By Emily Beckett
Hunger – it’s a basic feeling all humans are equipped with at birth.
It is a part of daily life, and it normally goes away when a person eats enough.
Only when a person eats enough.
In Chilton County, some children dread leaving school on Friday afternoons because they know they will not have enough food at home over the weekend.
Enter Linda Anderson, a second grade teacher at Clanton Elementary School and organizer of the Snack Sack ministry at First United Methodist Church of Clanton.
Anderson started the Snack Sack ministry last year after realizing how many children at CES alone were suffering from hunger, especially on Saturdays and Sundays when school meals are not available.
“That’s where I work. I know the children. I see the need,” Anderson said. “It just broke my heart to see children coming to school hungry.”
Anderson enlisted help from her Sunday School class to start the Snack Sack ministry, which provides bags of nutritious, non-perishable food for children to take home every Friday.
The ministry also provides teachers with snacks to keep in their classrooms for the same children who do not usually have one during snack time.
Food in the sacks includes Chef Boyardee or Vienna sausage cans, peanut butter or cheese and crackers, pudding cups, 100-percent fruit juice boxes, Pop-Tarts, breakfast grits, applesauce, oatmeal, granola bars and fruit chews.
“We started out doing this last year as a trial project,” Anderson said. “We didn’t want to start something and just not be able to continue it. We couldn’t do everybody, so we started where we were.”
Anderson said the ministry serves from 25-28 students at CES, kindergarten through second grade.
Last year, FUMC partnered with West End Baptist Church to launch the ministry.
This year, students involved in the CES after-school program called Tiger Trails are helping to pack the sacks every Thursday as part of their community service.
“They really enjoy helping other children their own age. It’s done something to their hearts,” said Anderson, who is co-director of the program. “It’s giving them a desire to serve other people. We want them to be productive, caring citizens of society.”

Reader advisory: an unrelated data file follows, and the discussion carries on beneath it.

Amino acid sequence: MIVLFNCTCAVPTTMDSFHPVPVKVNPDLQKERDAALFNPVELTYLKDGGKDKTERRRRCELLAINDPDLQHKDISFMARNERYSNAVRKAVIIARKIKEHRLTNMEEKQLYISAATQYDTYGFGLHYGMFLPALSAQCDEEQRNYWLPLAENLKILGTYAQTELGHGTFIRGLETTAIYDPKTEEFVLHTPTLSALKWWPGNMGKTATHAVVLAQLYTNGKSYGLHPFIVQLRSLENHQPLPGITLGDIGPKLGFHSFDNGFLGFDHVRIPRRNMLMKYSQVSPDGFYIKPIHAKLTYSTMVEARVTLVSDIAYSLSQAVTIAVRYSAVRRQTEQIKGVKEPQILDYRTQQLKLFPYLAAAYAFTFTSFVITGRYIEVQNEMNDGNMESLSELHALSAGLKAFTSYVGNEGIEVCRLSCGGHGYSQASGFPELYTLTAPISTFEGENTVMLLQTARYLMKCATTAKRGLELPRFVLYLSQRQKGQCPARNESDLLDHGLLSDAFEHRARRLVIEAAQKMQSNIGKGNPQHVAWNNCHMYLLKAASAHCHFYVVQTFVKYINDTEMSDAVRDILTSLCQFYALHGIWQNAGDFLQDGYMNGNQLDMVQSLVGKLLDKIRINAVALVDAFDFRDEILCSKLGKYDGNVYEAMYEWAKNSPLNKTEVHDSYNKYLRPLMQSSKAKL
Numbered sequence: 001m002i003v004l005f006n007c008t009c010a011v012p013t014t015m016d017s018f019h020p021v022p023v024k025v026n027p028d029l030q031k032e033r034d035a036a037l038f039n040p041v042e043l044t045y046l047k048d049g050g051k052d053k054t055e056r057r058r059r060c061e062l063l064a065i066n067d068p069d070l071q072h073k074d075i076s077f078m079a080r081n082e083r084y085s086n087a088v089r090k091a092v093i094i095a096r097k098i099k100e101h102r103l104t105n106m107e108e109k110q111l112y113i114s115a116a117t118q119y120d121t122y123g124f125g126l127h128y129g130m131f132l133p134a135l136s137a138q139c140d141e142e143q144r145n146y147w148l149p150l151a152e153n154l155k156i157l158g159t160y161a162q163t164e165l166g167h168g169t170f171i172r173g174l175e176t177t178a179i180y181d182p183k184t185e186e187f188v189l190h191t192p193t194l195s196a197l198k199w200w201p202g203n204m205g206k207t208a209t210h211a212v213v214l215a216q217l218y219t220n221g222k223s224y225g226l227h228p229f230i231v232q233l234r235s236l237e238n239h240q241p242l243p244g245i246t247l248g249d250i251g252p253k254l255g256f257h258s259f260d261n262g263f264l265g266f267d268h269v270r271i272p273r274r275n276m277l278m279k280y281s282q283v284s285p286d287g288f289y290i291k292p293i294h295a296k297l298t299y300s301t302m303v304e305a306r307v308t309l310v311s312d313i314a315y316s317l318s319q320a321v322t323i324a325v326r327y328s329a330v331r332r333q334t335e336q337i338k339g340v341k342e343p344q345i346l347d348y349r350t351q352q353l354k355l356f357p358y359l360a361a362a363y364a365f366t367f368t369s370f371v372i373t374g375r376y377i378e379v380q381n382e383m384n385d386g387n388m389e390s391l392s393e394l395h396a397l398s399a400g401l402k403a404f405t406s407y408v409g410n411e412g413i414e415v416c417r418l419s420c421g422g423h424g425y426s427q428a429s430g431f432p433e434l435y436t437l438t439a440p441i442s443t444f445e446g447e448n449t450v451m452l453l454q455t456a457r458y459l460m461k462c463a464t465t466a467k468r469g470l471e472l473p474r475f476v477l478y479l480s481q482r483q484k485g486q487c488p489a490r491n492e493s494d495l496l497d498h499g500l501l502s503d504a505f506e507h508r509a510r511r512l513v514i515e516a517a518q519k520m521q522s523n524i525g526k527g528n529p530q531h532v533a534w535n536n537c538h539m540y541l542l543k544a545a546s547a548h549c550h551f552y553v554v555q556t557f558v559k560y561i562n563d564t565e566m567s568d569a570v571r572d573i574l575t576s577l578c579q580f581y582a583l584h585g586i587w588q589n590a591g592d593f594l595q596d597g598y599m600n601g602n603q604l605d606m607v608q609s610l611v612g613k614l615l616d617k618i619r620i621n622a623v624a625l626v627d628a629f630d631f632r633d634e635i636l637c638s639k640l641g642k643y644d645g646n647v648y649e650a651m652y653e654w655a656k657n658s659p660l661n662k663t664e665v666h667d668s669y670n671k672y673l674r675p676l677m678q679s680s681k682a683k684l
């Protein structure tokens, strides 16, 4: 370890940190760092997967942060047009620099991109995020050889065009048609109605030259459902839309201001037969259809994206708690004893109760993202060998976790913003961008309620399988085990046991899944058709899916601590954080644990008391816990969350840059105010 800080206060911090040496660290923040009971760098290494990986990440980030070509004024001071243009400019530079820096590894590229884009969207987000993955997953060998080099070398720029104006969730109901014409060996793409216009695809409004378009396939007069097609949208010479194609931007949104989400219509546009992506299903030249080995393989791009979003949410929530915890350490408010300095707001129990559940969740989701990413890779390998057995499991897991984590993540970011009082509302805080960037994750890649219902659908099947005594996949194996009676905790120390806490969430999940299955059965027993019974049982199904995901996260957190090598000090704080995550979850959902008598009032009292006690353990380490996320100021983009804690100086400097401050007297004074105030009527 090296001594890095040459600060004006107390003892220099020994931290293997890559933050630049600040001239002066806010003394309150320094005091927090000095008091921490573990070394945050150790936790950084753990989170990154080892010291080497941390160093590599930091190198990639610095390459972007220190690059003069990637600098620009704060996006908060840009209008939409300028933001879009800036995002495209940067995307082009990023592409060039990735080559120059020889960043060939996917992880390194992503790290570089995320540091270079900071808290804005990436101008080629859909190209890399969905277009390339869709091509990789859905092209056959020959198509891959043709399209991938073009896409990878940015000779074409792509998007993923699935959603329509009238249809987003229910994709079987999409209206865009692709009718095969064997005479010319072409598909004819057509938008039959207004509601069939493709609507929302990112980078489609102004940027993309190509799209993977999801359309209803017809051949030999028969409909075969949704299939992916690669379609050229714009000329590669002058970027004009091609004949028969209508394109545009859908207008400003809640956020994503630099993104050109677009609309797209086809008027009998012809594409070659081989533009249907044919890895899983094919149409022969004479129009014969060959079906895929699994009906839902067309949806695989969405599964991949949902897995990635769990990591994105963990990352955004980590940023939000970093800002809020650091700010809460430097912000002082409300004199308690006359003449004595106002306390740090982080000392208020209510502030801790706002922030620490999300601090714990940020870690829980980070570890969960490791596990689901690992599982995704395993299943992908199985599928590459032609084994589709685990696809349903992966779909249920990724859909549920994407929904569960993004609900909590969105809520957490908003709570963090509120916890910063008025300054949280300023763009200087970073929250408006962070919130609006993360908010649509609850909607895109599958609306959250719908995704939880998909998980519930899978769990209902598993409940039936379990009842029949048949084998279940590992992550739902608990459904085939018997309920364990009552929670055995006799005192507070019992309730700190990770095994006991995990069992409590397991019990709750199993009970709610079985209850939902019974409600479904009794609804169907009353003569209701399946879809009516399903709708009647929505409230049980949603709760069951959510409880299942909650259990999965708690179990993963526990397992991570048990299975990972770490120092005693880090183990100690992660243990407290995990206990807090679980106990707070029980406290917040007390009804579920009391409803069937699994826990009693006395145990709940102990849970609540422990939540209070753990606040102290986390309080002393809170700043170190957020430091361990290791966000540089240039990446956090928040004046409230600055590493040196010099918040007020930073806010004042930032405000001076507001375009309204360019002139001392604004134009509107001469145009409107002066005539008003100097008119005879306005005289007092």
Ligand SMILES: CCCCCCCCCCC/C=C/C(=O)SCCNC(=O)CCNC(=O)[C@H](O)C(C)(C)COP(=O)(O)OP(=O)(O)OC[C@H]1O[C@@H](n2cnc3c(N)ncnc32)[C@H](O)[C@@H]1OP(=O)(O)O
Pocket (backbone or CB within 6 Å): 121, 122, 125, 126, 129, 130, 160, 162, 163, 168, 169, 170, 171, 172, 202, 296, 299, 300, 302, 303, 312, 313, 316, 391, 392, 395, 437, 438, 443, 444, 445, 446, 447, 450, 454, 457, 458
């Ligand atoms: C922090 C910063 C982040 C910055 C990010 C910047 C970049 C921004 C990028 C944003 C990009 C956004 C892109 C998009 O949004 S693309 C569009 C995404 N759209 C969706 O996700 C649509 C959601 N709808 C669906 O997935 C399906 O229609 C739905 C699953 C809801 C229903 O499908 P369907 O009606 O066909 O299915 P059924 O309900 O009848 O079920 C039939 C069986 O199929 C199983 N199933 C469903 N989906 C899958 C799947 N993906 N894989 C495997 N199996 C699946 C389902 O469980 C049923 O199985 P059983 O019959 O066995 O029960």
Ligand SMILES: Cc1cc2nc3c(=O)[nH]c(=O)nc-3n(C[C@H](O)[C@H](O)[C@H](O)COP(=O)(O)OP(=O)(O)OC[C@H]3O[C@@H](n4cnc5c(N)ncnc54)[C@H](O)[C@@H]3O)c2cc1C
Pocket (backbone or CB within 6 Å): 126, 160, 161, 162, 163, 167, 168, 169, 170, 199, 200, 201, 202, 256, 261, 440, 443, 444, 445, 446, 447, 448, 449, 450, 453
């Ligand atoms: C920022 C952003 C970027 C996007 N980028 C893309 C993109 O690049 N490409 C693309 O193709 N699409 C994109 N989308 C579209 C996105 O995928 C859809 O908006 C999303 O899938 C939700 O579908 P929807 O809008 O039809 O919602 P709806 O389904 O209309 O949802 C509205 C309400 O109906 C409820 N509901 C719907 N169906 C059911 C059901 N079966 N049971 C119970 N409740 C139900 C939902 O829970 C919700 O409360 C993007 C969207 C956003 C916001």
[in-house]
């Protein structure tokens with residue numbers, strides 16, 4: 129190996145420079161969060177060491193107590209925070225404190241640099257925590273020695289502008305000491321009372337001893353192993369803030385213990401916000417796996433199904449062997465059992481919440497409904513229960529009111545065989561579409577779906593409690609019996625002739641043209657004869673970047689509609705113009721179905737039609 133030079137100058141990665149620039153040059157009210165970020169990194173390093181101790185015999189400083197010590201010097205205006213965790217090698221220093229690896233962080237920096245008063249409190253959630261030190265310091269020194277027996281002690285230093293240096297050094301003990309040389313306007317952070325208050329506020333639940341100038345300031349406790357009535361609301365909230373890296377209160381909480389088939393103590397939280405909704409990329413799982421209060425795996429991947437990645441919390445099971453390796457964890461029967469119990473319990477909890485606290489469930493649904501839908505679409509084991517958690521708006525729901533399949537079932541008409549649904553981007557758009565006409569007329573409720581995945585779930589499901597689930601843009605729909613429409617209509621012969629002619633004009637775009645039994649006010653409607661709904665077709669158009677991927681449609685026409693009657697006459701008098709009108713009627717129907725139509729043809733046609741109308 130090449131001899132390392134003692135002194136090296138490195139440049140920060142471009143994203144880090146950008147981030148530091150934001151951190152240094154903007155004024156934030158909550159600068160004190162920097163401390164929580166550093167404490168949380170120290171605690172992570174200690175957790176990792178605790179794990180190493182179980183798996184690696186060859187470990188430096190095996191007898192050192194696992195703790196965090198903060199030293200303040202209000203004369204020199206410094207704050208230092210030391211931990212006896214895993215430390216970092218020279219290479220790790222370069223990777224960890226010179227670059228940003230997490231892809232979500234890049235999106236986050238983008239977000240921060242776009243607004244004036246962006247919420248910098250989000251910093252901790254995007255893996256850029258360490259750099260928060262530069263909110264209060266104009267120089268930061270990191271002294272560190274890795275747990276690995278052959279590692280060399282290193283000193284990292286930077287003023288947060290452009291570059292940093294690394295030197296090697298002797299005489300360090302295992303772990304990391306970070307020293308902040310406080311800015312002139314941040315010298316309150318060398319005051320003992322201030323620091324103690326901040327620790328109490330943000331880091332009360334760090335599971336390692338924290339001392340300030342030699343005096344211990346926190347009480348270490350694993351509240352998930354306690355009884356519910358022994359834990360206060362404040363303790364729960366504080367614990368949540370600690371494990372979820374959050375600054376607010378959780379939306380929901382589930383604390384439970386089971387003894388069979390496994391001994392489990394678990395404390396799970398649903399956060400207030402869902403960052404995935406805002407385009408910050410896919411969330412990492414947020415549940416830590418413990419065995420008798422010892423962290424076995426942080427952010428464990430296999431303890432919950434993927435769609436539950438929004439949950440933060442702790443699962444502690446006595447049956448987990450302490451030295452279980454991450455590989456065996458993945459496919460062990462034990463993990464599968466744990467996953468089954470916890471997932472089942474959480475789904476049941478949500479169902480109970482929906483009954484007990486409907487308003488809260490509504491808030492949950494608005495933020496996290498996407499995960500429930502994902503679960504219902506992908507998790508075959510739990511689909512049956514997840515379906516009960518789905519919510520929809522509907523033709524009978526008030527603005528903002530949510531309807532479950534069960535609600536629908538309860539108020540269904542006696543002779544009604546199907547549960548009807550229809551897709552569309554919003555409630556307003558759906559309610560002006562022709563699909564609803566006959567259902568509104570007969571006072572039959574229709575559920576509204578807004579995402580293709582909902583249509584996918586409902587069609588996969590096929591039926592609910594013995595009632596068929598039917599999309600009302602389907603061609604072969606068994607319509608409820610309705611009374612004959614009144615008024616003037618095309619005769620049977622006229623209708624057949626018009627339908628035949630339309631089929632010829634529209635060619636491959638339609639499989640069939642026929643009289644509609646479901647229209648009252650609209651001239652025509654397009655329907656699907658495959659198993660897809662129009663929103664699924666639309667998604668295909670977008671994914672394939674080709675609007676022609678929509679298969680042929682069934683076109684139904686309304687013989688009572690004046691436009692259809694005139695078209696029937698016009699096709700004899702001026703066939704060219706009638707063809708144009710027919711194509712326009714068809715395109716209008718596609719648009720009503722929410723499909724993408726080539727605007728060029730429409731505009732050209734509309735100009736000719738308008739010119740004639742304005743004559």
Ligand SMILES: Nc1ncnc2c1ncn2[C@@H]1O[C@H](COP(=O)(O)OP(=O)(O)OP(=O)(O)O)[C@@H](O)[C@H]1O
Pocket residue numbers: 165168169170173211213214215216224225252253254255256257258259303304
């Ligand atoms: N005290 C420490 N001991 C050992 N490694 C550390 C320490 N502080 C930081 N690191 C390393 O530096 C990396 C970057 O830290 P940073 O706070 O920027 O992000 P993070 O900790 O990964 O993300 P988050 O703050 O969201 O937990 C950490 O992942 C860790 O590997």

This is the first year the Snack Sack ministry has served children since the first day of a new school year.
“We did 15 (children) last year just to kind of see if we could do it and maintain it,” Anderson said. “It was so important for us to do it consistently and the whole year.”
According to Anderson, the ministry has never run out of food or money to buy food for the snack sacks.
Associated Foods in Clanton has consistently donated white bags for the snacks, and numerous members of FUMC have contributed to the ministry.
“If another church or group wanted to participate, there are still children,” Anderson said. “The need is so great, we would still have a group that they could service as well.”
Anderson said she and her volunteers work with teachers and the guidance counselor at CES to determine which children need help.
Those children are sent home with a letter about the Snack Sack ministry, and their parents must sign the letter if they approve of their children being recipients.
Adult and student volunteers discreetly deliver the snack sacks to the designated classrooms every Friday afternoon.
“The part that’s been most satisfying for me is watching children develop hearts to help others,” Anderson said. “Providing others with something they don’t have. They start fighting over who is going to get to deliver the next set of bags.”
Each snack sack is double-bagged so other children cannot see through.
“We double bag them into two white plastic bags and tie them up with a card that says Snack Sack Ministry of FUMC,” Anderson said. “It’s not anything that would attract attention of bigger kids on the bus.”
Anderson said they would like to put copies of the New Testament, coloring books or small gifts in the sacks by the end of this school year.
“It’s not a project. It’s a ministry,” she said. “We’ve really looked at it as people helping people. We’ve all been helped and we’re just taking our turn now to help others.”
Each bag is designed to last an entire weekend to help keep children full between meals.
Anderson and a group of volunteers meet at Associated Foods about once a month to purchase groceries for the sacks with donated money.
“My class spearheads it, but the entire church participates,” she said. “The money has replenished just like the product does. We haven’t run out of anything.”
Anyone is welcome to donate food, money or time to the ministry, Anderson said.
At least 25 children will be better off for it.
“They are so appreciative,” Anderson said. “You’ve never heard a complaint about the types of foods in the bags.”